Witness: The Art of Jerry Pinkney
Through September 9, 2012
This retrospective exhibition traces illustrator Jerry Pinkney's 50-year career producing some of the most highly acclaimed children's books of our time. A popular and critically acclaimed artist, Jerry Pinkney was recently presented with the prestigious Caldecott Medal, awarded to the illustrator of the most distinguished American picture book for children that year. The recipient of five Caldecott Honor Medals, five Coretta Scott King Awards, four Coretta Scott King Honor Awards, and a lifetime achievement award from the Society of Illustrators in New York, the artist has also served on the Board of the National Endowment for the Arts, and on the National Postal Service’s Citizen Stamp Advisory Council. "Witness: The Art of Jerry Pinkney" has been organized by the Norman Rockwell Museum in Stockbridge, Massachusetts. Click here to learn more...
Moving to His Own Beat - Fela: The Man, The Movement, The Music
Through November, 2012
Created in partnership with Music Hall Center for the Performing Arts, this exhibit examines the life of Nigerian superstar Fela Kuti in the realms of music, culture, and politics, and preludes the arrival of the off-Broadway smash musical, Fela!, in February, 2012. Fela's undying passion for African peoples, understanding of the power of art and politics, and unyielding struggle against the colonial forces in Nigeria during the 1950s and 1960s, solidified his legacy as a shimmering agent of change against the status quo. He spoke out against the ruling government, returned to African traditions that had been interrupted during Colonialism, and brilliantly used his music as a medium for social change. Always pushing the envelope, Fela infused traditional African highlife music with classical jazz and funk, which evolved into a unique sound that he called, “Afrobeat.” The powerful music and social commentary found throughout his vast catalogue of recordings is indicative of his desire to help end oppression among African peoples everywhere. Click here to learn more...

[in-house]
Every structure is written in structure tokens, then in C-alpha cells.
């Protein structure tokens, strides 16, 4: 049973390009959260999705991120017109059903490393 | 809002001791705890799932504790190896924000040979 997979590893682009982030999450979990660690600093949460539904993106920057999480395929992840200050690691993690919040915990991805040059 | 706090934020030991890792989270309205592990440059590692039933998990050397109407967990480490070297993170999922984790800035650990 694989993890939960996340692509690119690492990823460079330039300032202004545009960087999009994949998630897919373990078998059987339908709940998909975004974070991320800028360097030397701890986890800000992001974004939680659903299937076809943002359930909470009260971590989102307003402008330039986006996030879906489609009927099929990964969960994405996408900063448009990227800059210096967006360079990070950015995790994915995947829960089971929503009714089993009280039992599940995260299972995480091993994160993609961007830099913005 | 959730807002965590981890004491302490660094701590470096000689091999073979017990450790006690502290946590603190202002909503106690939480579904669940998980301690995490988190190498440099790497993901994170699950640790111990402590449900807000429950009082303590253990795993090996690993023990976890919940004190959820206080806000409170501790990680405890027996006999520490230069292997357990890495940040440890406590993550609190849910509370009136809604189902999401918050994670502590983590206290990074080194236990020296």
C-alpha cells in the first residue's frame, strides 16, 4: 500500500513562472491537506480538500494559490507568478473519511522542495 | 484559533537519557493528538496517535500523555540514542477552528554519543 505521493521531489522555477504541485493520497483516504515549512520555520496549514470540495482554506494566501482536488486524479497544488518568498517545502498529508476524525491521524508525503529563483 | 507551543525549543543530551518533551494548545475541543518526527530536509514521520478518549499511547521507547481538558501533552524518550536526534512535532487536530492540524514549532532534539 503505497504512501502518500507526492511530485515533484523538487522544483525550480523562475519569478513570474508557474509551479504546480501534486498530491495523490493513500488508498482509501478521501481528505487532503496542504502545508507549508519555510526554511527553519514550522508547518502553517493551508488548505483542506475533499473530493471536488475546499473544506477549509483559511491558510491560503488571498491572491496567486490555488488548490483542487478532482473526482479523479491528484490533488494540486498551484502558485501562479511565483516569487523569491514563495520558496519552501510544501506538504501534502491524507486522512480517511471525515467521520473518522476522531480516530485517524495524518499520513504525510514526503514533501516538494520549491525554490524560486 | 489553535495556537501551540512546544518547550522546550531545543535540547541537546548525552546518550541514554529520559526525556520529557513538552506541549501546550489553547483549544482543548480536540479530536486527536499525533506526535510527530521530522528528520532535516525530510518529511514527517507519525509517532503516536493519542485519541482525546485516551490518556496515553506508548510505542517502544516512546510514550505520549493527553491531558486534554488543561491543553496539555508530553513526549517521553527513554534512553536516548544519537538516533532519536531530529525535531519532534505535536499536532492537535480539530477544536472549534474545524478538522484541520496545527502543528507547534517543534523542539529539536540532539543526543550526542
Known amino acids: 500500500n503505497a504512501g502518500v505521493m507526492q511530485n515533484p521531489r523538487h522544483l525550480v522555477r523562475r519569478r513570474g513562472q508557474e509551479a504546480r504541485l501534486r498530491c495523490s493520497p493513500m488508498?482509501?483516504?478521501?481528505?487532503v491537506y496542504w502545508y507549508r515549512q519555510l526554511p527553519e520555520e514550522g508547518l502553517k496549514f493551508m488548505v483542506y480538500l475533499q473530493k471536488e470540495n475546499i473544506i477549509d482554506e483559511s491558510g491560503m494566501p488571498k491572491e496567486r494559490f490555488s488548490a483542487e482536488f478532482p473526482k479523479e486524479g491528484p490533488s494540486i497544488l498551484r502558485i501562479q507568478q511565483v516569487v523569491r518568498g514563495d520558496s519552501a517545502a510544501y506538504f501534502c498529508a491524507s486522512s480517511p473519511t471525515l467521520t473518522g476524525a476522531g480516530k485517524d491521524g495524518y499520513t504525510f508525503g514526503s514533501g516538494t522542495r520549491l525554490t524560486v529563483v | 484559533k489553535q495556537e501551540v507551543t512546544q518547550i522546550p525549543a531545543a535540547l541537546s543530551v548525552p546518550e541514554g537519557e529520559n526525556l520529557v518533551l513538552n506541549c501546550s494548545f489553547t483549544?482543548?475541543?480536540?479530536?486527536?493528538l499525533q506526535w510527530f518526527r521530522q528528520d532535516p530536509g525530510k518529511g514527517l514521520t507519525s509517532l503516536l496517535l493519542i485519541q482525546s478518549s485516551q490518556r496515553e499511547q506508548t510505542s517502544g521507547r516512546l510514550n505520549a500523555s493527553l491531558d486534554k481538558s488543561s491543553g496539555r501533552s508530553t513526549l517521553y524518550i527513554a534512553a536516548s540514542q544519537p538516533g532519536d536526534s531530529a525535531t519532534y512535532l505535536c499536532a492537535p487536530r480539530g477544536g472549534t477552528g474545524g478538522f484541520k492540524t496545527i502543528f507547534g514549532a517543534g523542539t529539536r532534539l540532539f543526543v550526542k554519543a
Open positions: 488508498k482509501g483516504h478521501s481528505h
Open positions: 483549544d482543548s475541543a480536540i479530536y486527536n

The Chris Webber Collection: Exceptional People During Extraordinary Times, 1755 - Present
Through November, 2012
Chris Webber, Detroit native, National Basketball Association All-Star player (retired) and NBA announcer, collects rare artifacts that illuminate the lives and legacies of African American greats such as Phillis Wheatley, the first African American author; Rosa Parks , mother of the modern civil rights movement; civil rights leader, Dr. Martin Luther King, Jr., and many others. Viewers get a glimpse of their heritage and learn about a different facet of Chris Webber, basketball player, philanthropist, and collector of African American history. Click here to learn more...
Great American Artists - Part II: The Branches
Through September 2, 2012
This yearlong exhibition features the works of a consortium of Detroit artists in a three-part series subtitled, "Roots, Branches, and Seeds." During the past several years, each artist has collaborated to complete a portrait of a group member and to document each other’s studio processes, techniques and themes. This cooperative provides the group a means of documenting and preserving each artist’s image and their careers. Exhibiting second are Christopher Batten, Halima Cassels and Senghor Reid who form the “Branches” of the group. They have used inspiration derived from the "Roots" to create murals, installations and large figurative works worldwide. Their work explores environmental issues and the communities in which they live. Click here to learn more...